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Related to Agropyron: Agropyron cristatum, Agropyron subsecundum
(quack grass, or couch grass), a genus of plants of the family Gramineae. The plants are perennial grasses that often have a spreading rootstock. The inflorescence is a double-rowed spike. The spikelets, which are two- and many-flowered, are laterally compressed; they are situated singly on ridges of the axis and face the axis with their broad sides. The glumes are sharply pointed and sometimes awned.
There are approximately 150 known species of quack grass (including Roegneria—which is sometimes assigned to the genus Agropyron and sometimes to a separate genus). The USSR has 51 species of quack grass (not counting Roegneria). The plants grow almost everywhere: in fields, meadows, orchards, gardens, steppes, forests, and ravines.
The genus Agropyron is divided into two subgenera: Elytrigia (38 species in the USSR) and Agropyron (wheatgrass). Many species of the genus Agropyron are valuable forage plants; others are pernicious weeds. Some species (A. glaucum, A. elongatum) have been successfully crossbred with wheat.
The most widely encountered species is the common quack grass (A. repens), a long-rhizomed grass that grows under various ecological conditions. The plant prefers loose, nitrogen-rich soils. It is distributed on wastelands and river floodplains; it is also a component of meadow herbage and in mountain regions grows up to the subalpine zone. Quack grass is winter-hardy and drought resistant. A forage plant, it is eaten by agricultural animals as pasturage (before flowering) and hay (before flowering and in the flowering stage). One hundred kilograms of hay contains 51.7 feed units and 6.7 kg of digestible protein. Hay yield is up to 80 quintals per hectare.
The common quack grass, a weed that is difficult to eradicate, contaminates field, garden, and orchard crops. It is also found in large numbers along roads, fences, and ditches. On loose soils the rootstocks lodge to a depth of 20 cm or more, and on compacted soils, 10–15 cm. The rhizomes and young shoots easily withstand severe winters. Rhizomes cut into pieces while the soil is being worked are capable of growing and yielding new plants. The weed may be distributed with the seed material of other grasses from which its seeds are difficult to separate (awnless brome and wheatgrass). It is also distributed when transporting hay that was gathered when the quack grass seeds matured. Control measures include the implementation of a system of cultivation directed toward destroying the rhizomes and suppressing subsequent weed growth by plantings of agricultural crops. Herbicides may also be used.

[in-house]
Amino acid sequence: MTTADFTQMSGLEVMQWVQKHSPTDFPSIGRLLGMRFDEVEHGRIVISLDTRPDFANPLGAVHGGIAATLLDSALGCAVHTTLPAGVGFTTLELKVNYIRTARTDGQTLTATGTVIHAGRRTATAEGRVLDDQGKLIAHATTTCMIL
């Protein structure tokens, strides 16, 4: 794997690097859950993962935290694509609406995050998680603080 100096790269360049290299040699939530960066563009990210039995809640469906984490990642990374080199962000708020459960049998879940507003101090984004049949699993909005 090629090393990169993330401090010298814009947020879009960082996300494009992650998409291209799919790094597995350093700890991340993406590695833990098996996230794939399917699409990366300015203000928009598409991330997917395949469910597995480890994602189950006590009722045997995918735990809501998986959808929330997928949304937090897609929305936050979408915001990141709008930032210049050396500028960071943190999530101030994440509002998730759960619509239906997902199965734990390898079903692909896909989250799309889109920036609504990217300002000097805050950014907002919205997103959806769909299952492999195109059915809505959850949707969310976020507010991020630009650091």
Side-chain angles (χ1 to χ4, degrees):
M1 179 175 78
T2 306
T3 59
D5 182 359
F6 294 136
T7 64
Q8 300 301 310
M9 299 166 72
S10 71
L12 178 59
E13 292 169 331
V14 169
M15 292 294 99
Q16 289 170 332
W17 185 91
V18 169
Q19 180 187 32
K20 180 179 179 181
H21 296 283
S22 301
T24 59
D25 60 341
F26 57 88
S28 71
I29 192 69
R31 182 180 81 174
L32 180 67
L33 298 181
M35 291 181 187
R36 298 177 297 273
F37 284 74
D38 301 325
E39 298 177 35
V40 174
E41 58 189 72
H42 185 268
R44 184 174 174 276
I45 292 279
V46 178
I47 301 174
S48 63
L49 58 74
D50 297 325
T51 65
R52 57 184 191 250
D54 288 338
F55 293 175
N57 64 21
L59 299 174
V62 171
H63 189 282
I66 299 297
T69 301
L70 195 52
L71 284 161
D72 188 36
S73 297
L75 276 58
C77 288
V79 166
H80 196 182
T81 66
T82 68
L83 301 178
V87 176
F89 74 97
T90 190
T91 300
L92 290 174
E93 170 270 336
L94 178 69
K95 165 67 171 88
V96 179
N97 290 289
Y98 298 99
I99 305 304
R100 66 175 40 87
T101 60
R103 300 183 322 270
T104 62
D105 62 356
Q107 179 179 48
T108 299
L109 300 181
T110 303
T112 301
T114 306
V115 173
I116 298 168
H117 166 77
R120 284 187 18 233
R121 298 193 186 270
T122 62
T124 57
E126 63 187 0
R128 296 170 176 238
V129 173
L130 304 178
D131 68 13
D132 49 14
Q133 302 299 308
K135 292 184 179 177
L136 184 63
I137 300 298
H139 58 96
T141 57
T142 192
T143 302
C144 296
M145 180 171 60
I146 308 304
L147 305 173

Other species of the subgenus Elytrigia of particular value as forage plants in the USSR are A. intermedium and A. trichophorum. Of the genus Roegneria, A. tenerum-Roegneria trachycaulon is important as fodder. Introduced into cultivation in the USSR as a forage plant (imported from North America), it does not grow wild.
REFERENCESKormovye rasteniia senokosov i pastbishch SSSR, vol. 1. Edited by I. V. Larin. Moscow-Leningrad, 1950.
Kott, S. A. “Pyrei polzuchii.” In Biologiia sornykh rastenii. Moscow, 1960.
N. K. TATARINOVA